Massage Therapy Programs Clinic Handbook

IV. Guidelines for Intern Behavior and Conduct

  • Dress Code and Professional Appearance
    • As an intern, you are expected to project the image and appearance of a well-groomed professional. Neatness and cleanliness are imperative. This standard extends especially to fingernail care. Clothes should be clean and neat in appearance and allow you to move comfortably as you perform massage.
    • The NWHSU Massage Therapy Programs uniform must be worn during all clinic rotations. This uniform consists of black Grey’s Anatomy scrub top and pants. Options include item numbers 4153, 4232, 103, 203. Appropriate underclothes must be worn in addition to professional the required uniform. Variation from this uniform, or choices that reveal your body inappropriately, will be grounds for dismissal from clinic for that shift.
    • Shoes should be professionally-appearing black street shoes with a low flat sole that allows you to move easily around the table, or black athletic shoes with little or no accent colors or ornamentation. Heels, sandals or other shoes with open or individual toes are not permitted Shoes must be worn at all times by massage interns in the clinic.
    • Bear in mind that with regard to attire, jewelry, piercings, and tattoos, clients’ values and various clinic settings may be more conservative than your own. In clinic, you will learn to present yourself in a professional and neutral manner whenever possible to provide a positive experience for as many clients as possible.
    • Hair should be clean and worn in a manner that will keep it from interfering with the massage (long hair must be held back by a clip or tie). Extraordinary hairstyles, such as mohawks, will not be permitted in the clinic setting.
    • Jewelry should be kept to a minimum and not interfere with the massage in any way. Rings are not permitted.
    • Up to three ear piercings are acceptable with minimal jewelry. One small facial piercing is acceptable, with the exception of those with large and obvious jewelry.
    • Depending on the nature of the body art visible to clients, you may be asked to cover your art during client interactions. This will be at your supervisor’s discretion. Keep in mind that body art & piercing tolerance differs from supervisor to supervisor; so one supervisor may allow you to display body art, while another supervisor asks you to cover it. Because of the many variations of piercings and body art, this issue will be handled on a case-by-case basis if it is not clearly addressed in this manual. In all cases, the supervisor's decision will stand.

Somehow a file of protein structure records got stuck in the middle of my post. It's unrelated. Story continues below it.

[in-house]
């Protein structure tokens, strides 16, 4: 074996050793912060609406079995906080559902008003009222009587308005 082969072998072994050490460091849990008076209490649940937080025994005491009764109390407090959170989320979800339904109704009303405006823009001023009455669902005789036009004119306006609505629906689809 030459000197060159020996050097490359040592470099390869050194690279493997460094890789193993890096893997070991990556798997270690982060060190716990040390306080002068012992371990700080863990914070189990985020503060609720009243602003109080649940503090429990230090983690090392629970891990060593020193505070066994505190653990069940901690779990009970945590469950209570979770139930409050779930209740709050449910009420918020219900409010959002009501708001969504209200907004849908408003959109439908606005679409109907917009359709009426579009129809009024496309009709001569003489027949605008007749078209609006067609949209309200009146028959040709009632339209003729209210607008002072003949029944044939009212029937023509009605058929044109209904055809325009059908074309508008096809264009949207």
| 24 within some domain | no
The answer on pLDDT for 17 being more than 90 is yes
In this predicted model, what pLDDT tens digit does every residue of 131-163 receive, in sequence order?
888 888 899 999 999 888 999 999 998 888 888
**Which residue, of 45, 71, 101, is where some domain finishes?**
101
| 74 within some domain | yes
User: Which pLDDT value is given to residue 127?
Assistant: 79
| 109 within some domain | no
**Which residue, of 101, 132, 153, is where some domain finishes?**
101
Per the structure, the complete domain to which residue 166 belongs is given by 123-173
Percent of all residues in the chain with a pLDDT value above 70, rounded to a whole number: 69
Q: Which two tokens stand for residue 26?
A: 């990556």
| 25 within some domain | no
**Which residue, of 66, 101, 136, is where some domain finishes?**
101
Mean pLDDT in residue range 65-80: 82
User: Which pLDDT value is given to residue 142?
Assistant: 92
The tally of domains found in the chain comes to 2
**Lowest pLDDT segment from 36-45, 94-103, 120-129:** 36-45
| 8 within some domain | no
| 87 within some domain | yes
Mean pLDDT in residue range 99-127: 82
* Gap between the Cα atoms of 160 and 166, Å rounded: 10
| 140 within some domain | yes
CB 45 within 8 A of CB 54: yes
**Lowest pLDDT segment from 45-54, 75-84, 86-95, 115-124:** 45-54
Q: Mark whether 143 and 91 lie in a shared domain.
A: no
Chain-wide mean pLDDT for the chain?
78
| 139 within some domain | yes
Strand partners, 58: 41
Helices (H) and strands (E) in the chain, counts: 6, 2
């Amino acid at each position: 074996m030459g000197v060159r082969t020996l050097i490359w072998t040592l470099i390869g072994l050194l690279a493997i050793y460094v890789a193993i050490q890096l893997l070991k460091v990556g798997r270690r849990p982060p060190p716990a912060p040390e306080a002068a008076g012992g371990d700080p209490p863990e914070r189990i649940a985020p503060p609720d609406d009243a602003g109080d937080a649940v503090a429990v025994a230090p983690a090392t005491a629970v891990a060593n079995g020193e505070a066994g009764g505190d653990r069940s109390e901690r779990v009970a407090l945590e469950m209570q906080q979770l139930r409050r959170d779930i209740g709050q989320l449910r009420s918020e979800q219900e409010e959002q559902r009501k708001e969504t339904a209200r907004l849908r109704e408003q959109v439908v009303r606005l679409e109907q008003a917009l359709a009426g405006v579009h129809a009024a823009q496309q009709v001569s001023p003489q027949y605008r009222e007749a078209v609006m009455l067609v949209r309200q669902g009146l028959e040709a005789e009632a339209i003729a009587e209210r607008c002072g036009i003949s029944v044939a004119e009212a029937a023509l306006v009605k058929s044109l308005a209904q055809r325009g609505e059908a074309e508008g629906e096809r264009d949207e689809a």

• Cologne/perfume and highly perfumed personal care products are not permitted. Likewise, arriving for a shift smelling of smoke or strong food odors is not permitted, as these smells may be offensive to clients, given the close nature of our work. Gum chewing in a professional office is not appropriate and is prohibited.
    • Nametags must be worn at all times. If you lose your name tag, inform your supervisor, and a replacement will be ordered. The cost of the replacement is $15, which you are responsible for.
    • Clinic faculty are responsible for assessing adherence to the dress and personal hygiene code and may impose sanctions for failure to do so. You may be asked to leave and change clothing if your dress or overall presentation is inappropriate.
    • In all matters related to the above topics, the supervisor’s decision will stand.
  • Professional Conduct
    • While in clinic, interns will engage in clinic-related activities only. If an intern has down time for any reason (client no-show or cancellation, or no client on his/her schedule), the clinic supervisor will assign the intern a clinic-related activity, such as helping the front desk with projects, giving chair massage in the lobby, researching massage-related material, etc. No texting, internet surfing, or other cell phone use will be allowed in clinic.
  1. Ethical Considerations

    Supervising faculty are bound by the NCBTMB code of ethics. As a clinic intern, you are expected to adhere to this code of ethics as well. Copies of this can be viewed on the NCBTMB Website.

    Additional ethical considerations:

    1. Confidentiality and Client Privacy

      While discussions of intern experiences with clients will happen during the course of instruction, names of massage therapy clients or details of massage sessions should not be discussed outside of the clinic.

    2. Client’s Well-Being

      It is the obligation of every intern to keep in mind that the foremost goal of providing care in the massage therapy clinic is the client’s well-being.

    3. Professional Boundaries

      Under no circumstances is it appropriate to have a personal (dating, friendship) relationship with a client you meet in the student clinic, unless you first end the therapeutic relationship; then that person can no longer be your client.

  2. Student Conduct

    Please refer to the Student Handbook for a detailed section regarding student conduct.